Take a look at how much time is spent in inefficient charting procedures, and implement systems and technologies to make this vital function as efficient as possible.
Keeping patients healthy and preventing disease are always the primary concerns of the medical office, but it is also important to keep administrative and profit goals in mind. Taking advantage of valuable patient data in a coordinated and concerted manner helps to achieve all goals, while enabling the physician to maintain a better work-life balance.
Technology Tricks to Transform Data into Knowledge
While there is no secret recipe that can be used to efficiently transform data into knowledge, it is not simply a matter of guessing either. Modern technology has yielded an abundant variety of technology tools and tricks to help make the transformation so much easier for today’s small medical practices. Some of the most effective opportunities include:
Electronic Health Records
Find an EHR that works with your practice instead of against it. Make charting easier using templates that encourage you to enter information into your patient database. Then query the database to find all patients meeting certain criteria so you can move on to the next step in population health management.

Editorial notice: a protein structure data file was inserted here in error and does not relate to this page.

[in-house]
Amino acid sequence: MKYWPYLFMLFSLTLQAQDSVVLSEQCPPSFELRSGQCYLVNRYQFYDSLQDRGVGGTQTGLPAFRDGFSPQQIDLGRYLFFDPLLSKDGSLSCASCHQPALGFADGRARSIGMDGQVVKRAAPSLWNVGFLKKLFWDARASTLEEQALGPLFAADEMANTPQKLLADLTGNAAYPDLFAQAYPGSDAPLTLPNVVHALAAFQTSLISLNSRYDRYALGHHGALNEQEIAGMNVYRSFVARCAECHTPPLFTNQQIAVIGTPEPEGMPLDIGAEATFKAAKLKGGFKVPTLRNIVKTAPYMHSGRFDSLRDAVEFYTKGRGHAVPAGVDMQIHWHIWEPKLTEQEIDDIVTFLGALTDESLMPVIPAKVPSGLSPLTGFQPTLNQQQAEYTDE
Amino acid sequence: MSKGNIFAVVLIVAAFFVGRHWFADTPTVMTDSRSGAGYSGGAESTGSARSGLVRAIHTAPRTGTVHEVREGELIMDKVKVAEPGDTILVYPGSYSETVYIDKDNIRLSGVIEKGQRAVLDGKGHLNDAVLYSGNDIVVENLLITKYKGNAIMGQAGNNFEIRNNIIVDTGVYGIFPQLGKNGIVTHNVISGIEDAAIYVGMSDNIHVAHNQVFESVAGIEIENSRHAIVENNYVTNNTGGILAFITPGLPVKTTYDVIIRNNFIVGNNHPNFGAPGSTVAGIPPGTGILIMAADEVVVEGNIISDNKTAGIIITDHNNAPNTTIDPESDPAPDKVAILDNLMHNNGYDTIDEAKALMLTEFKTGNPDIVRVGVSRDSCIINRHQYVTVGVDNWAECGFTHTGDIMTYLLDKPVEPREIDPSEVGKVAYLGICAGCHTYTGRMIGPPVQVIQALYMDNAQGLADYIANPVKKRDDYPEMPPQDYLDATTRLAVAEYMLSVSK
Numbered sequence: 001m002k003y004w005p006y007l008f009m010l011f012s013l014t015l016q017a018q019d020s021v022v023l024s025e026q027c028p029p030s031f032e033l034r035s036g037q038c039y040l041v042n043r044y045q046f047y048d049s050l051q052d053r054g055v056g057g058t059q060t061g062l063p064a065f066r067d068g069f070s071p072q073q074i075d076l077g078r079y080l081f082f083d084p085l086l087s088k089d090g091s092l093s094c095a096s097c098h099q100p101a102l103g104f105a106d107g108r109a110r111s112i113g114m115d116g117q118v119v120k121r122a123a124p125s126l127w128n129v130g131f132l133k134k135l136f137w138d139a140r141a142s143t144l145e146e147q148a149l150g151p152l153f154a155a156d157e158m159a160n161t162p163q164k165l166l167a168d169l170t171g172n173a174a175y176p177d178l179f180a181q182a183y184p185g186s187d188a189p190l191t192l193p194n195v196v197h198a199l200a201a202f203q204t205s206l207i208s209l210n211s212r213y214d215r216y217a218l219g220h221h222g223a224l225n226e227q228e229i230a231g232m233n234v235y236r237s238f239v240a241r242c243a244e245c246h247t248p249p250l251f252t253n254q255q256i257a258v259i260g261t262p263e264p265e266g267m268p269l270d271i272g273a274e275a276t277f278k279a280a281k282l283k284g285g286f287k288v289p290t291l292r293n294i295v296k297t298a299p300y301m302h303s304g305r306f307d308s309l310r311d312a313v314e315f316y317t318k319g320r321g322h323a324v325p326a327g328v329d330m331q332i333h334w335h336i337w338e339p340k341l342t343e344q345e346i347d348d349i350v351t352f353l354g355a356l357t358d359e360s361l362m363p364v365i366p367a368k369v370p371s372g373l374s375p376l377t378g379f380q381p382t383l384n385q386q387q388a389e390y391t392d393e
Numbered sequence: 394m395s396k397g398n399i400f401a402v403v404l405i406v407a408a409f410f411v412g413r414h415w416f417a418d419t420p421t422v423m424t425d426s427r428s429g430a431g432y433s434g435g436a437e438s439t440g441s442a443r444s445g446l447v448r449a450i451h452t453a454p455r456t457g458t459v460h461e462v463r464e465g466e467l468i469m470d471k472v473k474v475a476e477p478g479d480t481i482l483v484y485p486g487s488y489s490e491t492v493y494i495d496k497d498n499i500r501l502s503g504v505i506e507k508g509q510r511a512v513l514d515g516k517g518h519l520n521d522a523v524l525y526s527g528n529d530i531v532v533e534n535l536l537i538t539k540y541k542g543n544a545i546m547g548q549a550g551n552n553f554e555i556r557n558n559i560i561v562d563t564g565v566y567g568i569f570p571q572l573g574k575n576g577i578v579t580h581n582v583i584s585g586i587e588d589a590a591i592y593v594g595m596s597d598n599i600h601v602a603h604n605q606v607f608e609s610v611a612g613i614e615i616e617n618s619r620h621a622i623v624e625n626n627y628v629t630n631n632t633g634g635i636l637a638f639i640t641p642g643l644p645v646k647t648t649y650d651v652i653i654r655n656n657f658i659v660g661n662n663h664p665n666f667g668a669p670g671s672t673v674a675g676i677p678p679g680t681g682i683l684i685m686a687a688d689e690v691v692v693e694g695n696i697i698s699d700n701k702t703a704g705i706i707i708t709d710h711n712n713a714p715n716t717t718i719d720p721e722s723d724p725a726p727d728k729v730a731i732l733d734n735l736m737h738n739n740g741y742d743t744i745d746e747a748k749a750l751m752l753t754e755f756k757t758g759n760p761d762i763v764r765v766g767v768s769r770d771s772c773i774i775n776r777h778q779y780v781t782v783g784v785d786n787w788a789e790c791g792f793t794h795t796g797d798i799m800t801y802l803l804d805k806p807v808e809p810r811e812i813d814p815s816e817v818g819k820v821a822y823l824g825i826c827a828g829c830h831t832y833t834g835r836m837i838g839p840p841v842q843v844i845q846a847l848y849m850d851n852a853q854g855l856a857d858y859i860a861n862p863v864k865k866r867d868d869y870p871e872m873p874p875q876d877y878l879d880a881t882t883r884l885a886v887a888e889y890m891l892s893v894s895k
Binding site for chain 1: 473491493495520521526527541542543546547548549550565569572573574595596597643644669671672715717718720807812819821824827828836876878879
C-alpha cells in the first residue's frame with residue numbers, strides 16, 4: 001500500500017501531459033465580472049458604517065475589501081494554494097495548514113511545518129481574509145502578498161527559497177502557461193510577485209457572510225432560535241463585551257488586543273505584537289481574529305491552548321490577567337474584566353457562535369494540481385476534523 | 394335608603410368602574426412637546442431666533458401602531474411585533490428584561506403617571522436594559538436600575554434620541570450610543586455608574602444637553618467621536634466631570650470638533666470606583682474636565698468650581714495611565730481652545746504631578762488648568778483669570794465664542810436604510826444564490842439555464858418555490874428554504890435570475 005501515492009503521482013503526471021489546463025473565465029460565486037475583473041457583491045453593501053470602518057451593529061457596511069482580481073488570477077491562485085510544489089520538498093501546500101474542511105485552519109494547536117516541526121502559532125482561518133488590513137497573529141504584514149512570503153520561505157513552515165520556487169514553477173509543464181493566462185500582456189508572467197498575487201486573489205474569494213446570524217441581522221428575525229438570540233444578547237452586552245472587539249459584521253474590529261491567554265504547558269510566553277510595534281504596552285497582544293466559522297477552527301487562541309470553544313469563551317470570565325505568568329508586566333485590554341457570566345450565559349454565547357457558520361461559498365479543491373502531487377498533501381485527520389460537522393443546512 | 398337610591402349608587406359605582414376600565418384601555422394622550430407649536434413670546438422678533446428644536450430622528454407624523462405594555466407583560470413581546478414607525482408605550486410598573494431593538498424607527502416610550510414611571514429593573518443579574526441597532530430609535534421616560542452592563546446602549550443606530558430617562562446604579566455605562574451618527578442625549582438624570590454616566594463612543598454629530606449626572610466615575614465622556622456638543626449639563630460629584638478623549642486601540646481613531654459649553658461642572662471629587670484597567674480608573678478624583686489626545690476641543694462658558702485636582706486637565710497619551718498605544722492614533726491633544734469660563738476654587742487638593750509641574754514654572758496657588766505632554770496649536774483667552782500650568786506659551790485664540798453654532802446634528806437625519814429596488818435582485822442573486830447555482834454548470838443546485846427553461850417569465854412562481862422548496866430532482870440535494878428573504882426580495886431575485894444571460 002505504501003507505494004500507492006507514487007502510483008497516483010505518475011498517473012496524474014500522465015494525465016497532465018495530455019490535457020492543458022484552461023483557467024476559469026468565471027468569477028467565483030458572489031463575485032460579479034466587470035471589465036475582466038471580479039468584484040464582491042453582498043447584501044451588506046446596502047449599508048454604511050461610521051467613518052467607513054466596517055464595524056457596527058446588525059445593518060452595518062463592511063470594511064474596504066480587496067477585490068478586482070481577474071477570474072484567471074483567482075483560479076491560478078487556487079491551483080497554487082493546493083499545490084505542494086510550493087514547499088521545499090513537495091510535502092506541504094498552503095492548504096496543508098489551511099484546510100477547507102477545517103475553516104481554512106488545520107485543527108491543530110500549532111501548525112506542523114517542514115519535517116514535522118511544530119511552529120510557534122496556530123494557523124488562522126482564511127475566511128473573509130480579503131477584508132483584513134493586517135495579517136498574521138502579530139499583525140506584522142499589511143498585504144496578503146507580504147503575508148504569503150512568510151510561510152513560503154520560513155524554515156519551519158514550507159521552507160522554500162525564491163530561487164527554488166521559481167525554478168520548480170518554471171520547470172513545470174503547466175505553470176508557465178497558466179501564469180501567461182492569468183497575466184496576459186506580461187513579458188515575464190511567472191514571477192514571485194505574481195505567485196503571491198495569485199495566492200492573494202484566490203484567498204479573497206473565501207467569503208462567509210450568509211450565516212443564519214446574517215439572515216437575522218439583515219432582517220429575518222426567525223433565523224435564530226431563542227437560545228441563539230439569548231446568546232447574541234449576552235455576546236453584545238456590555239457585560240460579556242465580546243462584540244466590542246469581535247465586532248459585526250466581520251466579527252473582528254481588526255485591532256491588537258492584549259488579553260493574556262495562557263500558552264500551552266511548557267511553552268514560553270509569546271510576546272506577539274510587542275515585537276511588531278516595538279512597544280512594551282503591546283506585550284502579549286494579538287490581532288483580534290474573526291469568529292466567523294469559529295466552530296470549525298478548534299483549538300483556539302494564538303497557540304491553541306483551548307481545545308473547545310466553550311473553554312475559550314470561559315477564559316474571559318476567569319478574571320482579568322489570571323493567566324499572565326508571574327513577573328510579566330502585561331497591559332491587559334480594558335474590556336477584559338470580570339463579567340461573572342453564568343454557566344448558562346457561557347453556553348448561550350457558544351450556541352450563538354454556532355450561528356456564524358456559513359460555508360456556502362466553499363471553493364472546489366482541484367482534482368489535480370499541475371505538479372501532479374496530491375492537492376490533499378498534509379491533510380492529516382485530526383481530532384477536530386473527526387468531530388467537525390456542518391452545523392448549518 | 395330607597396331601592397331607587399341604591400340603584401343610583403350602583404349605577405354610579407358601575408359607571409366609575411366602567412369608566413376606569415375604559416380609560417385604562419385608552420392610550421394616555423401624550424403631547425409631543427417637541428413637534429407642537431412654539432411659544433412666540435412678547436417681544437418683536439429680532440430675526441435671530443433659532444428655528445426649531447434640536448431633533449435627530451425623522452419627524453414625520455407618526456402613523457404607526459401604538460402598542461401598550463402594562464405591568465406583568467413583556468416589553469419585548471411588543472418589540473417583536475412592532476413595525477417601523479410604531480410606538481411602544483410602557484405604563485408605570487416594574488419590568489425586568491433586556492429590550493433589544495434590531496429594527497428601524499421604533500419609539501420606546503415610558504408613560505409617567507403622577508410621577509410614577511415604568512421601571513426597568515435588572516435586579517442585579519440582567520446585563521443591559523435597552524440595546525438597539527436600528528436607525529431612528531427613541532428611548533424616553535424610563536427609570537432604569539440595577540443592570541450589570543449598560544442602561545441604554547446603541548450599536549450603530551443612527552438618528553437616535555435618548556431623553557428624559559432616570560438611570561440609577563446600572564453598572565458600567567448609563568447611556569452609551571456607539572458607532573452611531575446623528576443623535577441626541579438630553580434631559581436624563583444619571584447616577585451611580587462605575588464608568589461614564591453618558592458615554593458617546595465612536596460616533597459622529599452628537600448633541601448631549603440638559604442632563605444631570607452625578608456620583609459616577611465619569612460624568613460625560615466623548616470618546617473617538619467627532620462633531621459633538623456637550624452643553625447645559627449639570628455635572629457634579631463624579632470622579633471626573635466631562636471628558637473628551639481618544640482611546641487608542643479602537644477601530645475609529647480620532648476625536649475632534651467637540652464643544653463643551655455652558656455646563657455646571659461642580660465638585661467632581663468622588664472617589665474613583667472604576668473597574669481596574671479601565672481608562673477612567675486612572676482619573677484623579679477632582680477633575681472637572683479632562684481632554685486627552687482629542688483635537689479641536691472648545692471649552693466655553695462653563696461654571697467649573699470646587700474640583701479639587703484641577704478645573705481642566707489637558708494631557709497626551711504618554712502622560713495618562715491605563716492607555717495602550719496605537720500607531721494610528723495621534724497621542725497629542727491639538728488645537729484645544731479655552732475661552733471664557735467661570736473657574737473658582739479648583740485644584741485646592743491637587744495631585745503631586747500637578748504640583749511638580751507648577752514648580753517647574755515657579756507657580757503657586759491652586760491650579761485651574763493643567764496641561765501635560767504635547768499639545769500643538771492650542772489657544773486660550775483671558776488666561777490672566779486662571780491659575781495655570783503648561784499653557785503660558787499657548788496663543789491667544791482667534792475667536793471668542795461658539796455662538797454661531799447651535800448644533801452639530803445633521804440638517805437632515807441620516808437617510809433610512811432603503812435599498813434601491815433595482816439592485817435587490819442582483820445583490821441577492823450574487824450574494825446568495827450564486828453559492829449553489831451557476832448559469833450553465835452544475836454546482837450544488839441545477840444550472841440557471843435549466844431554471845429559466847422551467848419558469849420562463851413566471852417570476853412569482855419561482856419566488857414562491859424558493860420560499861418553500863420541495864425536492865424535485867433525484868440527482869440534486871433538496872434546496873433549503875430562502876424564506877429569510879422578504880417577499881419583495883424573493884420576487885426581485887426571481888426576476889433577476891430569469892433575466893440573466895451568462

Data Reporting Tool
Smart Analytics, powered by Tableau, takes practice data and turns it into easy to visualize tables and graphs that help you determine the way you want to measure your practice. You can measure against your own goals, against peers in the area or even against national benchmarks.
Use your EHR to book, reschedule, and document missed and no-show appointments. Set appointment types and duration and quickly rebook appointments to keep patients on track, and manage clinician schedules to maintain efficient staffing levels.
Access your data to view unpaid claims to make sure they are followed-up on promptly, and that issues are resolved before they can become problems. If you are the kind of person who has trouble assessing facts and figures in numerical formats, look for a system that can translate complex data into visually rich presentations that you can use to help make decisions.
Drill down on individual patient data to look for care gaps that need to be addressed, prior to the patient coming in for an appointment.
An EMR may be able to analyze data on a single patient but Population Health can provide analytics on the practice as a whole. Use a data tool that helps you to aggregate, analyze, and achieve results such as better patient care, reduced patient costs, and increased practice productivity.
Clinical Quality Measures
CQMs are the data points that CMS utilizes to measure and track the quality of health care services provided to patients. Use an EHR that helps to aggregate and submit this data in order to earn available incentives based on healthcare results.
There are three stages involved in transforming patient data into meaningful analytics: data, information and knowledge. Step one is data capture, step two is taking that data and aggregating it in some manner to withdraw information, and the final step is data analysis to uncover trends, gaps and areas in need of improvement. Medical practices which engage in these actions will be able provide a higher level of patient care, while still maintaining practice profitability.